I must go down to the Sulabh again
To the Sulabh Shaochalay!
A rupee a pee,
Two for a poo,
Everything short of a lay!
Time for me, as they say in the mother of Parliaments, to declare my interest. I read the books referred to during a recent month's ramble through Southern India. Like the authors, I kept my eyes open, but with the intent to trip them up.
Down on the Arabian Sea and the vast beaches of Kerala there appeared to be the same West/East or rich/poor divide. A young Englishman eager to bring in Western tourists told me the locals had never made good use of the seaside: "They only went there to shit." I pointed out that some fished for a living and that I'd just seen a Hindu religious ceremony taking place on the sands. "Well, yes," he said, "but this didn't help much to make the beach pay off as a resort." Further conversation revealed, however, that he'd become something of a local himself. He'd routinely piss on the cliff-side when out for a walk. He also decried the de facto segregation that was taking place up the coast. White tourists had their own beach from which the dark skinned native population, either from discretion or unspoken taboo, were excluded. However, the Indian entrepreneurial instinct was less standoffish and had begun to line the elite strip with food and souvenir shops.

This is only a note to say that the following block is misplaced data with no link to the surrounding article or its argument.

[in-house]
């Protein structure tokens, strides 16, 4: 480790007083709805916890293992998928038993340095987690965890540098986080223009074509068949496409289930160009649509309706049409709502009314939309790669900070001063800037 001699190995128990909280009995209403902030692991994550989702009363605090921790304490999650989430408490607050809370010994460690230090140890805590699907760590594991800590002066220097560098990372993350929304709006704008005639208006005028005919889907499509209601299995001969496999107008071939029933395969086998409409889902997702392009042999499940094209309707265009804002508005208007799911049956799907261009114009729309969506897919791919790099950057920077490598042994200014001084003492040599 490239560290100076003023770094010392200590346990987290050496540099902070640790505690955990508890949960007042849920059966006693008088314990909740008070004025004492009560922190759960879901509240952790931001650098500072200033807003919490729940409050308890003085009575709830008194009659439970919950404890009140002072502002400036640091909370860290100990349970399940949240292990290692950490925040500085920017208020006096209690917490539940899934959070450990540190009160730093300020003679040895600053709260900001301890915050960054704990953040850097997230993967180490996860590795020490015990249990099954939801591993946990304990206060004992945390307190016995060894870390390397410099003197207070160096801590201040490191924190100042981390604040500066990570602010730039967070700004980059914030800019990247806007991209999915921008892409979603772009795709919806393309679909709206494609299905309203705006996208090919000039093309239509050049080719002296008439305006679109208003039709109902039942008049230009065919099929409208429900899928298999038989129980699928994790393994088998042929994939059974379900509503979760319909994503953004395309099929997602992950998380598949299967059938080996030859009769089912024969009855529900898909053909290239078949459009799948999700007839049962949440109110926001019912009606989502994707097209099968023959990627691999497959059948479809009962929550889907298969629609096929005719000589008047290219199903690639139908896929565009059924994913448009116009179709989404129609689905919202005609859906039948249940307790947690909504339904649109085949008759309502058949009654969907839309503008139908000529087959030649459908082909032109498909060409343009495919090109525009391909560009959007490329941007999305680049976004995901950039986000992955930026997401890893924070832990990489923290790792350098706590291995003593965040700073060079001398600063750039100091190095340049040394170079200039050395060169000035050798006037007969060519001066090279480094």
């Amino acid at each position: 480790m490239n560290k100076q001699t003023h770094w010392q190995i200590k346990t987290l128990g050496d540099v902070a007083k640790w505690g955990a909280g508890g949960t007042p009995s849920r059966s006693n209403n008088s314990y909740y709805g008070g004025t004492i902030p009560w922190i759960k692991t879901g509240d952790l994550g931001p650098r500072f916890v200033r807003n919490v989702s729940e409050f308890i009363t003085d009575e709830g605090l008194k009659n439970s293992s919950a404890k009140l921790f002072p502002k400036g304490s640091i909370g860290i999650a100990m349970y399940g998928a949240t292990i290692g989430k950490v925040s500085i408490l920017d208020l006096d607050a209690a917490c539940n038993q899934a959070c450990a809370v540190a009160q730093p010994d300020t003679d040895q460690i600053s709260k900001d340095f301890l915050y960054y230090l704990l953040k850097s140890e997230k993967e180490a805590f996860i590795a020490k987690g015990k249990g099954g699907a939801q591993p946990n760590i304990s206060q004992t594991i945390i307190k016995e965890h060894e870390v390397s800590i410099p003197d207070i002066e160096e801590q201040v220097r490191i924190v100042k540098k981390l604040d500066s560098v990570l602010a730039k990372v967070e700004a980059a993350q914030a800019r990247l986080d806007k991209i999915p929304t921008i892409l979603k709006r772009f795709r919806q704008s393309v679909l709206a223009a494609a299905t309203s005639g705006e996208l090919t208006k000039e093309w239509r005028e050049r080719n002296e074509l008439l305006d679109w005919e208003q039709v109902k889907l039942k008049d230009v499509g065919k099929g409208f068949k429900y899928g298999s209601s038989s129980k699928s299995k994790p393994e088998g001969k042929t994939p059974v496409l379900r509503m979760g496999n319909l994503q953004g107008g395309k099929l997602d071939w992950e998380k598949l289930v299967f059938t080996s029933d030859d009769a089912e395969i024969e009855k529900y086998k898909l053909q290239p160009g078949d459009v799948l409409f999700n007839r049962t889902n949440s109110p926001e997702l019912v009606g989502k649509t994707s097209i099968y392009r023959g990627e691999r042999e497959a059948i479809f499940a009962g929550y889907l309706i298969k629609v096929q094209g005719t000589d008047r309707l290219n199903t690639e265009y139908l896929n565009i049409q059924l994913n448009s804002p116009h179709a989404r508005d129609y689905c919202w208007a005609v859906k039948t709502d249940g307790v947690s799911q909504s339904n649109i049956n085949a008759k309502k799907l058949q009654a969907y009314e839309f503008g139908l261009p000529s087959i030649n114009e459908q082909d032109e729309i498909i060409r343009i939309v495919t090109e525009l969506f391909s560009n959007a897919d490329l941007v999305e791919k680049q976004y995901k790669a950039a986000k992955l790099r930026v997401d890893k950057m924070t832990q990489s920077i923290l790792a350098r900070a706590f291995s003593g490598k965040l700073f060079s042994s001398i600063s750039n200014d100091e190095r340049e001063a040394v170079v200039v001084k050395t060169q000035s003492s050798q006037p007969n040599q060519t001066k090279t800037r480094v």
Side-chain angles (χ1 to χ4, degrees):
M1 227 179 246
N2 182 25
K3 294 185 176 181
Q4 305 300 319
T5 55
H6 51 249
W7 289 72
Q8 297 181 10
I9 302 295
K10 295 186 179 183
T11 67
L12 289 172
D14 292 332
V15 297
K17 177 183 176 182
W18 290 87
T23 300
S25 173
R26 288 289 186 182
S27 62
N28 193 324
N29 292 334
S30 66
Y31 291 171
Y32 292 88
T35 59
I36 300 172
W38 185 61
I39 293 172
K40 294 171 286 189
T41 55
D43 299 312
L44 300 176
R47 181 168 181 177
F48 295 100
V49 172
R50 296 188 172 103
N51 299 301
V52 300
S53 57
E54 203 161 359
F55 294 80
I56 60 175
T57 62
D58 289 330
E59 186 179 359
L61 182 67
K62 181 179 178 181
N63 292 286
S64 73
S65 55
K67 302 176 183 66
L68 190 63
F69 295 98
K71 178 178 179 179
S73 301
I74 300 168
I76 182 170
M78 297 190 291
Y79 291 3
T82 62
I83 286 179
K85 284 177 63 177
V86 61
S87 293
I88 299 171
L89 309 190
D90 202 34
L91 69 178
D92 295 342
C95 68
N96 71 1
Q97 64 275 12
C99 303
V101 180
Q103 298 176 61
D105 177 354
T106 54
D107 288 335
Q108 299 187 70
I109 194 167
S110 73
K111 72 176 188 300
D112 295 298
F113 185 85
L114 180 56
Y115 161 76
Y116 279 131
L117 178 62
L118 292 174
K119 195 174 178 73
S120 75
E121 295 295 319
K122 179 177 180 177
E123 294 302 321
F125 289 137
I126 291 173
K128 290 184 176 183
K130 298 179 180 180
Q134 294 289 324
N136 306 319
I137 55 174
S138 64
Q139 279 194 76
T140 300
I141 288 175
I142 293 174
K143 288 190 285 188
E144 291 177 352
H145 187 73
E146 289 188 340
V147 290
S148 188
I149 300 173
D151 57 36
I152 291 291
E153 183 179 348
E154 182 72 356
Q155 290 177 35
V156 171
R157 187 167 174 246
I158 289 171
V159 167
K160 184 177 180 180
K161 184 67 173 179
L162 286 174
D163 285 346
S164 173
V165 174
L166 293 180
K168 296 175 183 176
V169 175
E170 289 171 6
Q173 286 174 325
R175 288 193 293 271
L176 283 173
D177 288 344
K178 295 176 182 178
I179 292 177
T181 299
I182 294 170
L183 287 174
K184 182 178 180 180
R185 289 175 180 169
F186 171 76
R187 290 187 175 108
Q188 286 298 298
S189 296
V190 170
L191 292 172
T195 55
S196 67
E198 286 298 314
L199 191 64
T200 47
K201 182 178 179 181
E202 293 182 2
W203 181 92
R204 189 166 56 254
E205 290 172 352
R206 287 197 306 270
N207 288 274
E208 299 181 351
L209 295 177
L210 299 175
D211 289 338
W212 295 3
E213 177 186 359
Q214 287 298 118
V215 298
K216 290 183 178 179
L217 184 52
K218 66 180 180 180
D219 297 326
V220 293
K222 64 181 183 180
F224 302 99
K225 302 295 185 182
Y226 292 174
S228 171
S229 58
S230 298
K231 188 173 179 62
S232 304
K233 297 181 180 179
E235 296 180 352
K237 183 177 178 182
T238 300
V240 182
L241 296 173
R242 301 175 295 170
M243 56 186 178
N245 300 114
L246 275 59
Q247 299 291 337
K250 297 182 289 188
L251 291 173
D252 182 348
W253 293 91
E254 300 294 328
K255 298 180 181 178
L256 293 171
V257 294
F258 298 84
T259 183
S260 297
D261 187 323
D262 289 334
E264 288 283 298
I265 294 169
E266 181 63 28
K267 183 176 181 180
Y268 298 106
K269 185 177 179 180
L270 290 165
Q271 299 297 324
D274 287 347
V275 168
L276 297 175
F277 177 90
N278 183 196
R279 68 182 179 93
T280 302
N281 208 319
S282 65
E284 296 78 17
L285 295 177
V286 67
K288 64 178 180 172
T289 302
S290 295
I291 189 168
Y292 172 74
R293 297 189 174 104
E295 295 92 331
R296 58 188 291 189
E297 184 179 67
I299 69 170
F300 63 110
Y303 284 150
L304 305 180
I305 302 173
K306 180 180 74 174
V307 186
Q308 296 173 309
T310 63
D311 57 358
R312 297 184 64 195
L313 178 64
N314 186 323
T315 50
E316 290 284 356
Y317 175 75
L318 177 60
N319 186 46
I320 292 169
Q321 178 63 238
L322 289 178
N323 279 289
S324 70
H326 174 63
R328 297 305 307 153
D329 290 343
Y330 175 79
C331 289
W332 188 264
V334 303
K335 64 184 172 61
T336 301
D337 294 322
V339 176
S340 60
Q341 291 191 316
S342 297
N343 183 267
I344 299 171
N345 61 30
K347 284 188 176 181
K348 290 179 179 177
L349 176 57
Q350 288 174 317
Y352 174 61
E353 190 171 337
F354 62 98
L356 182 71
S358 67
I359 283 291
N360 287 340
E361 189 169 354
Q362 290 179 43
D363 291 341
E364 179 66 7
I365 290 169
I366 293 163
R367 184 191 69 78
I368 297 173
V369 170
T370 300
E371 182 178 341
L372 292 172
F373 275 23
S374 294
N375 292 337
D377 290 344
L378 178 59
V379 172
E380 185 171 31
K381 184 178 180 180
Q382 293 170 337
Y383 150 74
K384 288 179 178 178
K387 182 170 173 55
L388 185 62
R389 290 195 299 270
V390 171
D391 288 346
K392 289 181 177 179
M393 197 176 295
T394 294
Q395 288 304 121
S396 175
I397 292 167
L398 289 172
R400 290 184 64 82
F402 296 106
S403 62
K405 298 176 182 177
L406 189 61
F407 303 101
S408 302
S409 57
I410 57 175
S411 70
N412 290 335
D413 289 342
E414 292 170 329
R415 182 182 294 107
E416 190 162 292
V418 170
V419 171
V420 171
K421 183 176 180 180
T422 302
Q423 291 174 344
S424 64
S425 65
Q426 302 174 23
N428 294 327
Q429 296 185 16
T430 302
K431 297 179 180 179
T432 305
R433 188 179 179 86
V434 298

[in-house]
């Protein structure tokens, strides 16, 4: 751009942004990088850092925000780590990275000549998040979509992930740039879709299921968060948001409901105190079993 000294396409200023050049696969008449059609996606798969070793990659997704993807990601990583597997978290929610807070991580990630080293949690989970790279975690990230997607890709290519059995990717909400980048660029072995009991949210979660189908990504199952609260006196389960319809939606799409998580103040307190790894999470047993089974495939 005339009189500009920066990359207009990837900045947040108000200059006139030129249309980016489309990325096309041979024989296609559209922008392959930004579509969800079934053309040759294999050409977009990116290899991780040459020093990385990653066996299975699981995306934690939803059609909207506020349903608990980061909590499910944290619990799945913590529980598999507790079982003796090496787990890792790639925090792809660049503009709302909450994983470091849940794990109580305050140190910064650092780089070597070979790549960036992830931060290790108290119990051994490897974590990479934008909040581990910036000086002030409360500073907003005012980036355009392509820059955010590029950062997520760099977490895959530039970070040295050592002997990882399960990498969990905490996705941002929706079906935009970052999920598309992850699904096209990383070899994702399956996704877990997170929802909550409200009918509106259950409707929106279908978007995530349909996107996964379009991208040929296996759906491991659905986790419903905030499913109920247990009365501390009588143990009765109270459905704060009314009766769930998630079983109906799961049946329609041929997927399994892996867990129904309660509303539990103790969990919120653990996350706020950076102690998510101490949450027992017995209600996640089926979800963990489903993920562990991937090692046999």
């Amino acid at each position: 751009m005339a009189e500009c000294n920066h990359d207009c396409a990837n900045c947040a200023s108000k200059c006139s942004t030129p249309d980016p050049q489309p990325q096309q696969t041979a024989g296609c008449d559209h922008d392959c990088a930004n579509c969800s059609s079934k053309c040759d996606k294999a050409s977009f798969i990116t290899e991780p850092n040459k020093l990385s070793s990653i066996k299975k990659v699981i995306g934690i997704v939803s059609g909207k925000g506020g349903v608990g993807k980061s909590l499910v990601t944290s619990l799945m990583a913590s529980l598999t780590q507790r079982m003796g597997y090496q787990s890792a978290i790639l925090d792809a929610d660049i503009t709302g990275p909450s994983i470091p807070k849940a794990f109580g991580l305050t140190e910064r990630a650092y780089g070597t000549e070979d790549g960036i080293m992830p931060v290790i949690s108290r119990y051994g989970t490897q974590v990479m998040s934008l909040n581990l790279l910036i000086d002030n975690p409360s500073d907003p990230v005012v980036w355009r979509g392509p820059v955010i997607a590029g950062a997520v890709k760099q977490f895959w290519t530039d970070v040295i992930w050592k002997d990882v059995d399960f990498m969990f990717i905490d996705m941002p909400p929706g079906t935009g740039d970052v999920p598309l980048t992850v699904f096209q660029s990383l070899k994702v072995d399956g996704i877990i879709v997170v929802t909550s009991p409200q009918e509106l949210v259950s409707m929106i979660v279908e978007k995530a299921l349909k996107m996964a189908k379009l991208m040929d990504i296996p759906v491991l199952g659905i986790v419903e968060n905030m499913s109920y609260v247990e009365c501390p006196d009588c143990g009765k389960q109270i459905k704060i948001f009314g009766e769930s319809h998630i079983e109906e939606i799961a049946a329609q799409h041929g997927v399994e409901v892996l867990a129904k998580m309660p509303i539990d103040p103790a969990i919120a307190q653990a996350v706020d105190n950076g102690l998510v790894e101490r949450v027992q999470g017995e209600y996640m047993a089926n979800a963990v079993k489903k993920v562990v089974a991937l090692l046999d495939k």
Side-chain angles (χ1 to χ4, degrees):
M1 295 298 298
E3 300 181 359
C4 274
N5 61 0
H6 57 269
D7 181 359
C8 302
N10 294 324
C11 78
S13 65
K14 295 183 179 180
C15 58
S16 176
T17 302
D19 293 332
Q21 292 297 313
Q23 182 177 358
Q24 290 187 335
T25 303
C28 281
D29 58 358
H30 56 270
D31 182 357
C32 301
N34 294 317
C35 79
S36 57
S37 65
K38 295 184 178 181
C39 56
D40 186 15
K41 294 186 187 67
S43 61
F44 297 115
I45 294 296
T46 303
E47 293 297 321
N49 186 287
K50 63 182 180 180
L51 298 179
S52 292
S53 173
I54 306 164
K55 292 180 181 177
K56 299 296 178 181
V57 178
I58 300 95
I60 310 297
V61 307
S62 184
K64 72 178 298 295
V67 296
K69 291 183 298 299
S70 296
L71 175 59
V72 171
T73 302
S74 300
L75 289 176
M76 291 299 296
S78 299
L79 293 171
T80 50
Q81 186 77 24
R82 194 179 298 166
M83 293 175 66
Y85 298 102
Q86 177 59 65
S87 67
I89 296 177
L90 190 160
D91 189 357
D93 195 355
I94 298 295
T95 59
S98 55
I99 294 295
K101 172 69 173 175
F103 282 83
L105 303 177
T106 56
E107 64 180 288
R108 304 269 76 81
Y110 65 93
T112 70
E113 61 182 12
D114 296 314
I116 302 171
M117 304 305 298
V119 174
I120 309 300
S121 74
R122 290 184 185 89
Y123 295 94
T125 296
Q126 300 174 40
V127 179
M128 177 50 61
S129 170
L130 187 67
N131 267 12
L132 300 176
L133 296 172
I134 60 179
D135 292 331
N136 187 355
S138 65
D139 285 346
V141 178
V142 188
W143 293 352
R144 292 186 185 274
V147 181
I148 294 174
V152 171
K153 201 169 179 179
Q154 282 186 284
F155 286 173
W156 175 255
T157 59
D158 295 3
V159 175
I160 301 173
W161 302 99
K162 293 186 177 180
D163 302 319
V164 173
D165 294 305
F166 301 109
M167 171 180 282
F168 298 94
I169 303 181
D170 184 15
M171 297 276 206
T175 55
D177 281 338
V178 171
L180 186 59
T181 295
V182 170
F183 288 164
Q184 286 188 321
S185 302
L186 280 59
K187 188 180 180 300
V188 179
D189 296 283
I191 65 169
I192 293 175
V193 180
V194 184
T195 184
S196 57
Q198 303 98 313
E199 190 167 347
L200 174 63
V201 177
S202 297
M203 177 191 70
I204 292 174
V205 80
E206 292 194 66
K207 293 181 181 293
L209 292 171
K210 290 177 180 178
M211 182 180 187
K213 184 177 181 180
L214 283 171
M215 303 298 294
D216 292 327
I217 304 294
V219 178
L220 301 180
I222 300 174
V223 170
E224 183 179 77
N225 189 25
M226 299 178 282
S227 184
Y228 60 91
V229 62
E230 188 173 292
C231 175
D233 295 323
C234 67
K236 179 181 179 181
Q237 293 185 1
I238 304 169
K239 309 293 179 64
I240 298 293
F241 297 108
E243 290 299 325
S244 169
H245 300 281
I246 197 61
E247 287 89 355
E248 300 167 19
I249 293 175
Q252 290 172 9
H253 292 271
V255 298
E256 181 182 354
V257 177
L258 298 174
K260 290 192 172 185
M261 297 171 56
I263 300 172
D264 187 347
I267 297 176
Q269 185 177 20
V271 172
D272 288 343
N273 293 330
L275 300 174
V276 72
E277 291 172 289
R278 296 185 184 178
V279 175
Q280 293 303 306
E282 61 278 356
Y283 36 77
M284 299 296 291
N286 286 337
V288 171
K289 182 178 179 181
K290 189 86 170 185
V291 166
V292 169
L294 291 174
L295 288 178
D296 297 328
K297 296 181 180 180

My own explorations did reveal an occasional humanoid turd not far from the beating surf. But the discovery was less of a shock than the pages of Parks and Dyer. The relentless sun never stopped turning detritus, vegetable and animal, into good clean dirt. Besides, there were more interesting sights. On one beach used by the locals, swarthy males gathered to wash in a trickle of fresh water coming down the side of a cliff. But some adventurous white women had ignored local ways and proceeded to rinse the salt off themselves. They were northern Europeans, big and floppy, all but naked in their bikinis. I was shaken, not by an erotic tremor, but by the thought of what was going on in the heads of the startled little brown men. It recalled the words of a Parks character who wasn't much interested in plumbing but who saw India as "the point of greatest attrition between traditional and modern, the melt line [...]." (9)
With the miles, my attention to toilet manners slackened. Traveling on Lake Vembanad in a houseboat, I was intrigued by the granite slab in front of each waterside dwelling. Women slapped their washing on it. My question of whether there wasn't an easier way brought an emphatic "no." The houses had neither electricity nor running water. I didn't bother to ask if waste went directly into the lake. Above Fort Cochin I was surprised to run into rampant alcoholism. Bartenders told me it cut right across the community spectrum, Hindu, Muslim, and Christian. Drinking took place in dreary basement halls kept dark out of guilt. Worse, nearby, a notch lower, there were always "toddy" drinking hangouts that looked like nests in rat alley. Toddy is concocted from a palm extract topped up with a variety of chemicals, one resembling Valium.